Awesome. Thank you Manuel. Alright. So we'll talk about community biology today. Let's see changing these Okay, so just, what is this community biology? How do I think that it might be changing the status quo and then the community biology lab that I organize with is called biotech without borders. So, I'll give you some information about about that particular organization. so, first off community biology So really comes from this idea that you don't need any fancy tools to do good science. I love this quote, from Santiago Ramon ayal in scientific work, the means translated from Spanish in scientific. Work means or virtually nothing, whereas the person is almost everything. So, yeah, there's lots of tools. And also these days tools have gone cheaper. There's lots of people working on new tools to do science that are more accessible. And so there really is, I think great opportunity to be able to do science with some very simple tools. And yeah, that was true back then it Now there's just different stuff is. around. Always remember science with some very simple tools. And yeah, that was true back. Now there's just different stuff Then it is. around. Always remember that it's like the labor really that that is the most difficult thing to to operationalize. And so just an example from his work he did a lot of microscopy, you know, had a microtome you know it looks quite simple now like basically just being able to cut very thin slices had a variety of stains stuff that you can You know it looks quite simple now like basically just being able to cut, very thin slices had a variety of stains stuff that you can order now on Amazon, really a microscope, right? We have much better microscopes. Now you could also order something like that off the Internet. And so with that and and the patience, I think, really the time to be able to look through so many different slides of neurons. They were able to tell us a lot about the neurobiology the structure of neurons and how they work. It was a huge contribution to the field recognized in science and again done with almost very simple tools and it was just the time and the focus required to be able to do that science. That was the the main factor. Yeah, at least the way that they thought about it. So community biology labs have like a simple, a similar thought that They could be called DIY biolabs biohacker spaces or biomaker spaces, their spaces outside of academia and industry. Where They try, we try to provide access to some lab equipment and often because this is like a very curious configuration of resources. Scientists get attracted to this too. Like, Oh, what does it mean equipment and often because this is like a very curious configuration of resources. Scientists get attracted to this too. Like, Oh, what does it mean to do science outside of resources. Like, Oh, what does it mean to do science outside of my academic lab or outside my industry lab? and what's being said in some of the literature that covers that covers this particular topic is that it's an opportunity to do biological science in a really different way because the incentive structures of the organizations where these investigators are engaged with are different. And so the hope my hope and and the hope of people who run these spaces is that the values of the lab itself, like become much more important than maybe some of the other, some of the other constraints within within more formalized institutions. So it's, it's true that, you know, to do like a startup or something like that. You need like a huge amount of capital, certainly, especially in the realm of like, animal experimentation. And and even once, even once those types of projects are undertaken, they have to be justified as to like return on investors. Like what sort of intellectual property, is it going to create for us. And sometimes, in academic institutions, There may also be difficulty in sort of expressing a young investigators ideas, because it's always very grant oriented. And, you know, there's there's value to that. I think that you have to be able to justify. Sometimes you're the value of your research to the greater population, but I don't think that that should be the only driving factor in, in doing research. And again, going back to kahal the way that they thought about doing research. I think that there's a big space for sort of people who have have some flexibility. In time and have some focus to do work. That's original in their own outside of these traditional spaces of doing work. And then also from the feminist lens thinking about scientific research do Ballina Roy has like a interesting thought a bit about this. Saying that the scientific method by necessity is sort of by putting on some blinders right. To when you draft up the hypothesis, you're not always thinking about the broader. Sociological factors that might go into asking that specific question. I I went through grad school so when you join an academic lab Certainly, when you join like for me, I I went through grad school so when you join an academic lab You don't get the chance actually, to ask any of the initial questions about Why are we in this particular research area, You are dropped in and as a scientist, sort of trained expected to be trained in a way in which you eliminate those distractions. And, and just focus on the hypothesis, which, of course, is a valuable sort of formal structure of thinking, but it may not actually result in science. That's tackling important problems in our society. so, so maybe, so maybe this will change, maybe community labs are a place that we can begin to ask different questions that go into our hypotheses, have dialogue with the community in a different way and sort of approach, scientific research, more inclusively. And so I have like a quick timeline of events that go into DIY biolabs. It's us-centered just research, more inclusively. And so I have like a quick timeline of events that go into DIY Biolabs. It's us-centered, just because that's the resource. I was able to find, I'd be interested to know. familiar with other significant events that happen outside of this, this scope, but If people are familiar with other significant events that happen outside of this this scope. But 2004 is a interesting year because this is where I Gem formed from an MIT summer course. But at that same year, there was a sign, not a scientist, but an artist who had a home lab and they were arrested for possessing this home lab. They were speaking out against sort pharmaceutical research and how that may be like yeah, extracting may be like yeah, extracting sort of the systematization of pharmaceutical research and how that may be like yeah, extracting value in. A certain way, commodifying certain elements of biology. So yeah, the FBI didn't like that and they arrested them. Of course. You know, there was no good basis for them being arrested And in 2008, they were acquitted around that same time, there was a DIY movements inside. In Boston, they made a website called DIY Bio. It was a Google group and they tried to join the community to talk more about doing this type of research in their homes. Or in these community bio labs that were just emerging and the FBI actually tried to collect within the United States. All the leaders of this group and bring them into some sort of dialogue to talk about issues of biosecurity. And I guess that was the catalyst for people. many of us, I wasn't active during I wasn't active during this time, but I'm told that this is a catalyst. people. Realizing that there were many of us, I wasn't active during I wasn't active during this time, but a catalyst, many of us were working, Realizing that there were many of us, I wasn't active during this time, but I'm told that this is a catalyst. Many of us were working right in these community labs and how do we organize to sort of continue to grow these types of organizations? There was a code of ethics, drafted by the people who work within this within this community. And by 2015, there was sort of a more mature ecosystem of things going on the Open Insulin Project, founded at Counterculture Labs began at this time. And now it's its own nonprofit organization that's seeking to sort of disrupt, the intellectual properties of insulin production, so that there could be more small players within the insulin space. So, actually, it's moved away from the science and more into like almost the the policy elements, Of course, venture capital has emerged to look at this landscape of people doing different experiments, and trying to find things that are gonna make money for others and encouraging investment in them. There were sort of hacker led conferences like Biohack, the planets MIT got in on this. They have a community biology arm that conferences. MIT got in on this. They have a community biology arm that Like Biohack, the planets MIT got in on this. They have a community biology arm that organizes another the Open Insulin project, founded at Counterculture Labs began at this that organizes another conference the Open Insulin project, founded at Counterculture Labs began at this called time. called the open insulin project, founded at Counterculture Labs began at this time. called Bio Summit, the open insulin project, founded at Counterculture Labs began at this time. called Bio Summit, Bio Summit itself. the open insulin project, founded at Counterculture Labs began at this time. created an ethics document and continues to engage within these types of conversations and very recently, an organization called Just One Giant Lab actually based in France creates sort of like a place where multiple DIY projects can be organized. In order to try to get more people to participate within these projects. And during the pandemic, there is a lot of covid tests, actually that we're being generated by being facilitated, by this piece of software. So, you know, I don't think innovation, my my perspective here is that innovation doesn't have to be like Silicon Valley. I feel like we should actually resist this innovation, my, my perspective here is that innovation doesn't have to be like Silicon Valley. I feel like we should actually resist this model in some way. There are many innovations that exist throughout history. Nothing is brand new as Chris Murray says here, but doing it differently for a different outcome. Really is the challenge in my opinion and and that extends to biotech just as much as it extends to any sort of technology. And to connect this to like, where I think we're trying to change the status quo, there are pressures on science to produce predictable and controllable results things that can be sold and and sent out in different ways and and that's what we see in our funding structures. But you know, that's not the only lens in which we might see, you know, very good science appear, that can change people's livelihoods. There's a great potential both from the philosophical advancement, the ideas of science, but also training There's a great potential both from the philosophical advancement, the ideas of science, but also training individuals to enter the workforce who are going to use those skills for for their own for for their own reasons. You know, I mean thinking like participating in class, struggle from that perspective and so like we want more of these skills to be equally distributed and not gatekeep necessarily that perspective. more of these skills to be equally distributed and not gatekeep necessarily, especially from things like tuition costs. And so, bringing together the tools and skills like to, to do science in a new space is building scientific capacity. That's oriented by community values and I think that that is something that fundamentally can make some sort of difference. So, Biotech Without Borders is the group that I organize with and it's the community lab that I want to share a with you today. A lot of the thinking that I've done over the pandemic and and with our community, about this location, Yeah, hopefully is trying to speak to some of the things that I just mentioned. So we're a nonprofit community lab in New York City. We have like this sort of very broad mission of democratizing the hands-on practice of biotechnology for useful and peaceful purposes. And of course, like those, the words are only as good as we're able to, we're able to constantly reinforce those, those values in the projects that get done within our space and embody those values in, in the way that we work on a day-to-day basis. Hmm, there's a big focus on hands-on learning because practical lab bench skills. Are the labor power that creates the biotech economy and and the infrastructure. So having more people being able to utilize that labor power, for whatever reason I think is, is a benefit. I also think that hands-on learning is useful because for folks that are coming in with no background having like a sort of technological dream, in some ways it focuses the way that you participate within reading the literature and retaining facts from the literature because things become more relevant.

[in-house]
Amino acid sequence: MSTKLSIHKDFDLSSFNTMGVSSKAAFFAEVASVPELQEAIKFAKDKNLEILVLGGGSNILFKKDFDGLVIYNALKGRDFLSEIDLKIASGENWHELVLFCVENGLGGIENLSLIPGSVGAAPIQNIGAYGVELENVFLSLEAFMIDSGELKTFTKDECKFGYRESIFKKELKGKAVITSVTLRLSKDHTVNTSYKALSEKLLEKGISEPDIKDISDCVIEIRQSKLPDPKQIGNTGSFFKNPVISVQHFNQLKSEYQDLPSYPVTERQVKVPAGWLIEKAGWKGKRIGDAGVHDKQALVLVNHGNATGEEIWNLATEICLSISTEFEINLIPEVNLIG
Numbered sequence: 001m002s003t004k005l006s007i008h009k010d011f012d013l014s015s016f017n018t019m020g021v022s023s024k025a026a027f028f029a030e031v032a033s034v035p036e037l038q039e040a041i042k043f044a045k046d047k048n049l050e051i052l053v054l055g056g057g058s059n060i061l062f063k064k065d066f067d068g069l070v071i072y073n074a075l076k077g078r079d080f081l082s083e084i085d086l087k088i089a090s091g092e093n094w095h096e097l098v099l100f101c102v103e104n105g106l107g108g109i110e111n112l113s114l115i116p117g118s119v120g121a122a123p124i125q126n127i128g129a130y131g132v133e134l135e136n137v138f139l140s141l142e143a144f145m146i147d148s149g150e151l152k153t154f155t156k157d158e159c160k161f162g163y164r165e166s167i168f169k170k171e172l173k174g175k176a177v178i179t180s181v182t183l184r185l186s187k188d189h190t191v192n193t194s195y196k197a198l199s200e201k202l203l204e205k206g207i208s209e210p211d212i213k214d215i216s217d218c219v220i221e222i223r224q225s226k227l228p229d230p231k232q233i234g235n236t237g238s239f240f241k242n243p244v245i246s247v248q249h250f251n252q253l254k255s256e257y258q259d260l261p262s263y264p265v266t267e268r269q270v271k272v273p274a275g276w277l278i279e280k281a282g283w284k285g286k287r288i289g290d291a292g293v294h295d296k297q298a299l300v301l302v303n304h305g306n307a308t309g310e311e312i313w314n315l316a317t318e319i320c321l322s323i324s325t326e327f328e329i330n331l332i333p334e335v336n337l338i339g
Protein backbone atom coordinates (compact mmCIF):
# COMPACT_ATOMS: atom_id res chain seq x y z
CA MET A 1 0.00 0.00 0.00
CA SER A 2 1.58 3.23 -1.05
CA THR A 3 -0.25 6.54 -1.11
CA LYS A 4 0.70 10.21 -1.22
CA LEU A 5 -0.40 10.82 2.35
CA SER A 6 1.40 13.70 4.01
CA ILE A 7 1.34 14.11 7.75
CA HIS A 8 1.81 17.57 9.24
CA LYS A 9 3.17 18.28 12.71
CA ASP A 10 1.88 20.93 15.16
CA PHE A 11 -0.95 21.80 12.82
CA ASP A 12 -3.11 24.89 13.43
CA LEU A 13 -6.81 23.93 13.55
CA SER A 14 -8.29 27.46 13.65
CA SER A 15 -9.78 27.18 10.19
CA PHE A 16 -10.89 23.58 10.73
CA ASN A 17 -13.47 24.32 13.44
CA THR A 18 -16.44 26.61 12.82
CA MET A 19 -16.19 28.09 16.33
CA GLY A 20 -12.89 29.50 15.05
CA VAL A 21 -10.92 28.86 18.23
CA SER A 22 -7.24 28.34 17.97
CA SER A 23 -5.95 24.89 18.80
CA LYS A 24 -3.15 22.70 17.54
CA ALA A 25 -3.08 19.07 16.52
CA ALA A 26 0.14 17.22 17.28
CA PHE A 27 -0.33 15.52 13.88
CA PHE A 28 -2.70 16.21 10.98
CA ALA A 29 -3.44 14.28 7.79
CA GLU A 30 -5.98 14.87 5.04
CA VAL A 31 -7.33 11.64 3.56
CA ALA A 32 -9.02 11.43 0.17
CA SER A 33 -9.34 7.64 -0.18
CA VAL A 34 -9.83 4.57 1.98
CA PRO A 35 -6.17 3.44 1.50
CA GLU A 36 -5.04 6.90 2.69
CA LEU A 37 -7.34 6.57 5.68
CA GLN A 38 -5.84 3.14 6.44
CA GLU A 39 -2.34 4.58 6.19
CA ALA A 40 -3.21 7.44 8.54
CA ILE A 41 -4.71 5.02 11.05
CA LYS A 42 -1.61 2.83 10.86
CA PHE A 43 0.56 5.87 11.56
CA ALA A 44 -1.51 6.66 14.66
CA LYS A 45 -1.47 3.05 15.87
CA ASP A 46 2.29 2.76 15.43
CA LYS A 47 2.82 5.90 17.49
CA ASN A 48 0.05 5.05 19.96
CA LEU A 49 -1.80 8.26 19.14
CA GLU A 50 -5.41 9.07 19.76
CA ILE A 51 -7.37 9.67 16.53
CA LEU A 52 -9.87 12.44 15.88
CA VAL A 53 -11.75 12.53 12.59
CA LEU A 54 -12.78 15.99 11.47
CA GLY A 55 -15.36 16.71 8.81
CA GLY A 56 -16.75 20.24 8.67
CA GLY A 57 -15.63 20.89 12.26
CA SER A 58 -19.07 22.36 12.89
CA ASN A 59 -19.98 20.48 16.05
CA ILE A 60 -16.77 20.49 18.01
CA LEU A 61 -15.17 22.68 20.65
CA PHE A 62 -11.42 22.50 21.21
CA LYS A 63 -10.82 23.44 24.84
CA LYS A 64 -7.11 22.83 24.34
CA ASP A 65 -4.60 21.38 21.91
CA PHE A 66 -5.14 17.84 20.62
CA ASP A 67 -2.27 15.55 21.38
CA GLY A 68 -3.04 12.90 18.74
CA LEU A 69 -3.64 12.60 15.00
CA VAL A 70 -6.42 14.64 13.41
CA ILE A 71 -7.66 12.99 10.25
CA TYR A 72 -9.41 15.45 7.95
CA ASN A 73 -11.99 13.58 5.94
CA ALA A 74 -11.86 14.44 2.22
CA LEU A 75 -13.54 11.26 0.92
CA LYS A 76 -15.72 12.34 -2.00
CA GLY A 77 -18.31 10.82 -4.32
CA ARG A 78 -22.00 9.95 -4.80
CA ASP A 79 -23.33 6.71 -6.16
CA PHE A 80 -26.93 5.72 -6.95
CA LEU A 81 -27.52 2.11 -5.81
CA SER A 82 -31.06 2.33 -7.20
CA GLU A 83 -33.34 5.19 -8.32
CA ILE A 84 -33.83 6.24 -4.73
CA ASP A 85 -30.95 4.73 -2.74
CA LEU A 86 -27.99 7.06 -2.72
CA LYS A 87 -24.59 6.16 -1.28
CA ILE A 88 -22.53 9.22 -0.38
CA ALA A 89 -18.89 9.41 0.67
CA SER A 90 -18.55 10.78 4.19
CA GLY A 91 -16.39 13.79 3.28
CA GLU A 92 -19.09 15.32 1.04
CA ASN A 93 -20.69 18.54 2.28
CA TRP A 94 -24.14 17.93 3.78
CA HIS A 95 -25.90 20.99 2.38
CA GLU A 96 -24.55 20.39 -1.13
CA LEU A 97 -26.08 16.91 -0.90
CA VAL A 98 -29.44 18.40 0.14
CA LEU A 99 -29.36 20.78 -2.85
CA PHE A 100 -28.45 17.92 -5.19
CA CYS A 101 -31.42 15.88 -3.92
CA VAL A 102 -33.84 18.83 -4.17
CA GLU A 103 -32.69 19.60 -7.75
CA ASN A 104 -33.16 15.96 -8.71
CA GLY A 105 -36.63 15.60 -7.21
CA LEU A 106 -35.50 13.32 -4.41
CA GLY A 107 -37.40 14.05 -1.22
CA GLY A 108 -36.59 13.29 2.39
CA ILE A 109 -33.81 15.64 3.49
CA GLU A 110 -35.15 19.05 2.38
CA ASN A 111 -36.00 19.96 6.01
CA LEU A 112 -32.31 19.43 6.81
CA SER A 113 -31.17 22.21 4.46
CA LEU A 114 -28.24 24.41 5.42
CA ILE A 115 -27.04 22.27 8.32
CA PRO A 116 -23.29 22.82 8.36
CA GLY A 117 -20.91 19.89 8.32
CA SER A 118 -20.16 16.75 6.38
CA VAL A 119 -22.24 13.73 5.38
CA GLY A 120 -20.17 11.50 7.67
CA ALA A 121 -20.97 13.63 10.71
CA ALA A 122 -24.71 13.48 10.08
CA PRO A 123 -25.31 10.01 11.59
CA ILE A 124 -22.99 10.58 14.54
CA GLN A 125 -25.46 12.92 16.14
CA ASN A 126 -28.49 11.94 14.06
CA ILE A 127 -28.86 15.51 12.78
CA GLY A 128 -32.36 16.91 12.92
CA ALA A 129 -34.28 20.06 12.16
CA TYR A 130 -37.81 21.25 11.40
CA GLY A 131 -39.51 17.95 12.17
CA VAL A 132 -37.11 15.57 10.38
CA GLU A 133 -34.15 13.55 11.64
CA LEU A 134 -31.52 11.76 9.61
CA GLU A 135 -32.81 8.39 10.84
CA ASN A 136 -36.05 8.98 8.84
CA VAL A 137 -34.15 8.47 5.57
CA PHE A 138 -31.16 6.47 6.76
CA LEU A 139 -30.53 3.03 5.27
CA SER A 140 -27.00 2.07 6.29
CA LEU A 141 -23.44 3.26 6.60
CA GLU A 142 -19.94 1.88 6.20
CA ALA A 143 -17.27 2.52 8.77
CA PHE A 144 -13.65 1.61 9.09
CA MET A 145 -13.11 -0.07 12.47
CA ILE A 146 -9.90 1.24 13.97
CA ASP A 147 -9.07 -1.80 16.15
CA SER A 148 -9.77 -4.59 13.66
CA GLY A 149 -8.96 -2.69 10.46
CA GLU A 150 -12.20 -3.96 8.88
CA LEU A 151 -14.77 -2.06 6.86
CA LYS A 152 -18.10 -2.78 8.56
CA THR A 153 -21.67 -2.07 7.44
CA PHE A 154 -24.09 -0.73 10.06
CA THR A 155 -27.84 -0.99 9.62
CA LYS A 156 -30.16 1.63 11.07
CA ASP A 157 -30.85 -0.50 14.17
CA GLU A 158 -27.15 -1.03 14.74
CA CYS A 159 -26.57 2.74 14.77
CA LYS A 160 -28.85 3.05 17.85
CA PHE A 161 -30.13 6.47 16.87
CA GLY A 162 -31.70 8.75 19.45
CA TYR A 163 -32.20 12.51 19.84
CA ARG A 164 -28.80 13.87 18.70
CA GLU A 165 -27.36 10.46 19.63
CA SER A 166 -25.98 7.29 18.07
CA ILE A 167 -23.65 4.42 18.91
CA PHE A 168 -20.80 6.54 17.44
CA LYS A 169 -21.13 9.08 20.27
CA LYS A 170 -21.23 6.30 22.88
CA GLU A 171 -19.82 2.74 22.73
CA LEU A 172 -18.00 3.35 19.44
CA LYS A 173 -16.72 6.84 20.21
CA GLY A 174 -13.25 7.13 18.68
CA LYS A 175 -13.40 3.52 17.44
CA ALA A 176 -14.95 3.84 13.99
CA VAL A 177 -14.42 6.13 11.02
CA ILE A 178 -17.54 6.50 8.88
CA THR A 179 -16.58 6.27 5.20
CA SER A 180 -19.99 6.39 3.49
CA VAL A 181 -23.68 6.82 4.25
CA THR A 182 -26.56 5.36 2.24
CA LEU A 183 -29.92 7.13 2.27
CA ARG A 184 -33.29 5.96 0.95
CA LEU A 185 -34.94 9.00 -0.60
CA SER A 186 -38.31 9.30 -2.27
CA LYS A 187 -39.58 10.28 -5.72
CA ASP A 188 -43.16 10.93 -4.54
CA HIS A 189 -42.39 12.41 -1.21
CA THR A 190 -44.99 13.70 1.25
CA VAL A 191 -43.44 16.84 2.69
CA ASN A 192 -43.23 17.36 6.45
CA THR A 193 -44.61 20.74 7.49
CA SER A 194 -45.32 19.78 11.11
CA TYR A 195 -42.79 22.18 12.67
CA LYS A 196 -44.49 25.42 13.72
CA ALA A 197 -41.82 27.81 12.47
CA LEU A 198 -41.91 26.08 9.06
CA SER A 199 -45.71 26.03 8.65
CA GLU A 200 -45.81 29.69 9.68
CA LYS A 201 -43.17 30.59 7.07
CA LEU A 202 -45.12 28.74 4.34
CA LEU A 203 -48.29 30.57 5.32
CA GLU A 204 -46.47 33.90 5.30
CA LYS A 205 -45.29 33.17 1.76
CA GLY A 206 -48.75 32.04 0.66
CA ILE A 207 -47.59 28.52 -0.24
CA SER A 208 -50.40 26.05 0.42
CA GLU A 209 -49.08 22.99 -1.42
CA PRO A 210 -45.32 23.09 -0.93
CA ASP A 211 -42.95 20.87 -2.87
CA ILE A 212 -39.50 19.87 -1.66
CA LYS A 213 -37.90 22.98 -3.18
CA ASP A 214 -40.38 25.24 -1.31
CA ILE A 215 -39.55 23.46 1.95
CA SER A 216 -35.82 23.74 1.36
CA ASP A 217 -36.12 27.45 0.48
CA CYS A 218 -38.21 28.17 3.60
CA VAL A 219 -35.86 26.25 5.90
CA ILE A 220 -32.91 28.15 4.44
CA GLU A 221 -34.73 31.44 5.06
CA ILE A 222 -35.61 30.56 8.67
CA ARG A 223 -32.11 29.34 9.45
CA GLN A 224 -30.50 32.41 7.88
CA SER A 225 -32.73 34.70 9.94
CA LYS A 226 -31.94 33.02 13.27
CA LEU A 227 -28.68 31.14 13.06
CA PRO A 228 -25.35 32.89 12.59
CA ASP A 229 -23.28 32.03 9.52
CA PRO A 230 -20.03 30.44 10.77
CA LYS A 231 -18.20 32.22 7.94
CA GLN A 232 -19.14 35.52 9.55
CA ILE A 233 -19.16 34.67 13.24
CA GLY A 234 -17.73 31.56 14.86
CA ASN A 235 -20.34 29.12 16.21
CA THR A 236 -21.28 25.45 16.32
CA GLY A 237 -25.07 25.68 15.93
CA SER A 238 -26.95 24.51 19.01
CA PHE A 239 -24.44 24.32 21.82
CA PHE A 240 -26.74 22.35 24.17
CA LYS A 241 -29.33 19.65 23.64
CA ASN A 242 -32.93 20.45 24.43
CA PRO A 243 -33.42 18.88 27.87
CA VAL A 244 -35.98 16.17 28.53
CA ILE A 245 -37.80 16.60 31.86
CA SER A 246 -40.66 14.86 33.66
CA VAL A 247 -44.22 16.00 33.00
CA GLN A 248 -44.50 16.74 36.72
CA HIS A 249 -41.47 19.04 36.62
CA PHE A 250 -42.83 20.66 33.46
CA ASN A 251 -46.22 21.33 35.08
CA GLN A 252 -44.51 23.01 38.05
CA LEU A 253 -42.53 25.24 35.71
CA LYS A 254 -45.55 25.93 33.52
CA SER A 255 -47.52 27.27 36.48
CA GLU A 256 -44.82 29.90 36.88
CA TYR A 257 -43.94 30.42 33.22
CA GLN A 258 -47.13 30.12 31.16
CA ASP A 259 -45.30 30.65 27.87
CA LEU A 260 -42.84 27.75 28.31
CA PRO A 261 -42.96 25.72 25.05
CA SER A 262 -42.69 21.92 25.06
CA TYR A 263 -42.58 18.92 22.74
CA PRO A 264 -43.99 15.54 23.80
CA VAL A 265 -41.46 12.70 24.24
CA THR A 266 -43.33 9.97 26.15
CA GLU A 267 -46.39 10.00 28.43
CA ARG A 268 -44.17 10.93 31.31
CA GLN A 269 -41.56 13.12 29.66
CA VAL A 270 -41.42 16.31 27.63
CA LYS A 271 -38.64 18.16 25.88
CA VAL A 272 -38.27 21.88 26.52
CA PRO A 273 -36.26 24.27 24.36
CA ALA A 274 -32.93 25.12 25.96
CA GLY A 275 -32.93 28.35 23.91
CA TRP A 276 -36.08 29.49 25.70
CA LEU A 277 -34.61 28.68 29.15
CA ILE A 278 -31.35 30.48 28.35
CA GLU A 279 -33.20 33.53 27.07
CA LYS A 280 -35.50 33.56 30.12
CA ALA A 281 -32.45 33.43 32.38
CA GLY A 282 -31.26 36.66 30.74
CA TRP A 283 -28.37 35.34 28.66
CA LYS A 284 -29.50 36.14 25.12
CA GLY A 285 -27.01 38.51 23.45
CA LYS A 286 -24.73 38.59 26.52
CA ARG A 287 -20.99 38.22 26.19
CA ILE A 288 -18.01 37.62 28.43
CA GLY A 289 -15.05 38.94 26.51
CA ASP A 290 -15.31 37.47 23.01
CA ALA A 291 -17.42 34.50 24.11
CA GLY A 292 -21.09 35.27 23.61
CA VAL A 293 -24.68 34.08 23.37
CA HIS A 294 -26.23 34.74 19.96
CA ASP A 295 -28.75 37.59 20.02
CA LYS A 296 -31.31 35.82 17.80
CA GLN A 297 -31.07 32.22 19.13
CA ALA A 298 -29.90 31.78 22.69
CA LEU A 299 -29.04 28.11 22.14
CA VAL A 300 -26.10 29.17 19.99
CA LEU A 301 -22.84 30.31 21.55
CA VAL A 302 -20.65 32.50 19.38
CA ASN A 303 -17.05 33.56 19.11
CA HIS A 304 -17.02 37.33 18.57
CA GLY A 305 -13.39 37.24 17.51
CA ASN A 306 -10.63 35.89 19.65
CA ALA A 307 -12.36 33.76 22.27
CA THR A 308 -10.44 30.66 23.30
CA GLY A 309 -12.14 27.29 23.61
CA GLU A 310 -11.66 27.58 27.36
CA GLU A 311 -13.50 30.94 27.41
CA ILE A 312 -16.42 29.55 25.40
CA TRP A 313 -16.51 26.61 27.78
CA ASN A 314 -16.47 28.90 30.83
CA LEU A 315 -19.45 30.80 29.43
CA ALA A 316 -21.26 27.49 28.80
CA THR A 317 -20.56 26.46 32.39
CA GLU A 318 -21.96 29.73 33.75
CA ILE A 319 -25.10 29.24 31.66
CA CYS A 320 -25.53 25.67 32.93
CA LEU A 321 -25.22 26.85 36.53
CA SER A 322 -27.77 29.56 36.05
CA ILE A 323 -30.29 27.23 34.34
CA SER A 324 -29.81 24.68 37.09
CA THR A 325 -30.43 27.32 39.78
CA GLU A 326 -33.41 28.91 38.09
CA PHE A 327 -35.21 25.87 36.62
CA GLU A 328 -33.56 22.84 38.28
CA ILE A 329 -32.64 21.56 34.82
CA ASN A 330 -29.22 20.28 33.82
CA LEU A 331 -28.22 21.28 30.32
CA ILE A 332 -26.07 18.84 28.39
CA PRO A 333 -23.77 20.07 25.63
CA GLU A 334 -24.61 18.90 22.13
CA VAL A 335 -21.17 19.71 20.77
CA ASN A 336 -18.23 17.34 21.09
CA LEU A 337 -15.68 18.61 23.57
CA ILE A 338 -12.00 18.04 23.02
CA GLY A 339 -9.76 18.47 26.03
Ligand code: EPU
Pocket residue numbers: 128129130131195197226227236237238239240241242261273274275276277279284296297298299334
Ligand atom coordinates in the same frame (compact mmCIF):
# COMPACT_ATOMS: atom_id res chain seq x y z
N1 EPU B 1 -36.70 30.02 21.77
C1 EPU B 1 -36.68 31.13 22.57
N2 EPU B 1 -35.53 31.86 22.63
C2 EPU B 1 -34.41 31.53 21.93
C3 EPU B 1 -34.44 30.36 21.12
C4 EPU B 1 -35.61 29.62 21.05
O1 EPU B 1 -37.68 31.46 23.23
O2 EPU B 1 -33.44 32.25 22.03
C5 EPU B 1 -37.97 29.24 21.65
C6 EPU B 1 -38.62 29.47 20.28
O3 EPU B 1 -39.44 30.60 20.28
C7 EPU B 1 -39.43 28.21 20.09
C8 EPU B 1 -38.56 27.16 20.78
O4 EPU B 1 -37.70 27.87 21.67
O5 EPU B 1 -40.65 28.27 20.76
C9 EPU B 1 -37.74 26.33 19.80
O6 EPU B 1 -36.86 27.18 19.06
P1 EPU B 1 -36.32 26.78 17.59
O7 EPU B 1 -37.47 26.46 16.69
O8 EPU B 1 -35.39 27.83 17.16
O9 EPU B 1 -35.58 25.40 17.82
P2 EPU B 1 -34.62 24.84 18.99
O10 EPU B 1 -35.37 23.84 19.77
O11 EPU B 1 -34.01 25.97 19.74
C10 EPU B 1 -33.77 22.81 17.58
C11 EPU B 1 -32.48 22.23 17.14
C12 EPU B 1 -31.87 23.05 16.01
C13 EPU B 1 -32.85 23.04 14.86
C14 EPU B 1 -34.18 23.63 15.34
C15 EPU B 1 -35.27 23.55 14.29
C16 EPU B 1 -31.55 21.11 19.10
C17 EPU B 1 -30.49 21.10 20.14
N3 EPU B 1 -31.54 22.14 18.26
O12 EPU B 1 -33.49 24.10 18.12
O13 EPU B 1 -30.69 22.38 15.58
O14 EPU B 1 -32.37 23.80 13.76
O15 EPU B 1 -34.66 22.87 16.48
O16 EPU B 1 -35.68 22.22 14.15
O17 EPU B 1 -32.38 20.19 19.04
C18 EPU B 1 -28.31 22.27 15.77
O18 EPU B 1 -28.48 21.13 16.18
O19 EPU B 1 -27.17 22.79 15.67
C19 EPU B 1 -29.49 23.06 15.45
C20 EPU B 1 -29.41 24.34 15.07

12:15:54 - Danny C: